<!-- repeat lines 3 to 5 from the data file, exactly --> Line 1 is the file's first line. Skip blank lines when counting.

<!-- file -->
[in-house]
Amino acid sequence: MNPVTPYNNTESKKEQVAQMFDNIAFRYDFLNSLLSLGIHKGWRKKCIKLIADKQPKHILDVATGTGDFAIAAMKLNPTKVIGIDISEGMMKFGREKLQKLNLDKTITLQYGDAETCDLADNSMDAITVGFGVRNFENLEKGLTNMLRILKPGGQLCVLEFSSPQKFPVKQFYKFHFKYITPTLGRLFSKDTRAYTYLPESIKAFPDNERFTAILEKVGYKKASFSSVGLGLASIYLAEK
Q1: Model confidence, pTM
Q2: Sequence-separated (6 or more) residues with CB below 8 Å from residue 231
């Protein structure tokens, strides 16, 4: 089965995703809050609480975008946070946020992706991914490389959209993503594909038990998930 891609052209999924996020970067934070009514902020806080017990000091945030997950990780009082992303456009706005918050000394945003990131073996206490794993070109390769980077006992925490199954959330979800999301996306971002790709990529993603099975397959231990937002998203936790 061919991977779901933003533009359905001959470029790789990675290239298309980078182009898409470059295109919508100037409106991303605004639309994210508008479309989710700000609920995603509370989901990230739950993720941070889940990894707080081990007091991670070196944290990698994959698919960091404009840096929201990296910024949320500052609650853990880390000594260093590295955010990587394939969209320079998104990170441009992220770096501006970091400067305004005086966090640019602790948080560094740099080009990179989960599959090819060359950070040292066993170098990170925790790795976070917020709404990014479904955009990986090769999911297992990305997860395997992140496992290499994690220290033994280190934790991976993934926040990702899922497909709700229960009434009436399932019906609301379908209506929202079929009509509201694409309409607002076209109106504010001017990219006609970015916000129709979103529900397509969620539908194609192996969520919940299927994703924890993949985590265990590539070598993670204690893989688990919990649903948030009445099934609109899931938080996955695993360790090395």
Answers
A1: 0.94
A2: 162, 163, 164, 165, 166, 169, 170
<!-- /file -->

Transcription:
Q1: Model confidence, pTM
Q2: Sequence-separated (6 or more) residues with CB below 8 Å from residue 231
């Protein structure tokens, strides 16, 4: 089965995703809050609480975008946070946020992706991914490389959209993503594909038990998930 891609052209999924996020970067934070009514902020806080017990000091945030997950990780009082992303456009706005918050000394945003990131073996206490794993070109390769980077006992925490199954959330979800999301996306971002790709990529993603099975397959231990937002998203936790 061919991977779901933003533009359905001959470029790789990675290239298309980078182009898409470059295109919508100037409106991303605004639309994210508008479309989710700000609920995603509370989901990230739950993720941070889940990894707080081990007091991670070196944290990698994959698919960091404009840096929201990296910024949320500052609650853990880390000594260093590295955010990587394939969209320079998104990170441009992220770096501006970091400067305004005086966090640019602790948080560094740099080009990179989960599959090819060359950070040292066993170098990170925790790795976070917020709404990014479904955009990986090769999911297992990305997860395997992140496992290499994690220290033994280190934790991976993934926040990702899922497909709700229960009434009436399932019906609301379908209506929202079929009509509201694409309409607002076209109106504010001017990219006609970015916000129709979103529900397509969620539908194609192996969520919940299927994703924890993949985590265990590539070598993670204690893989688990919990649903948030009445099934609109899931938080996955695993360790090395």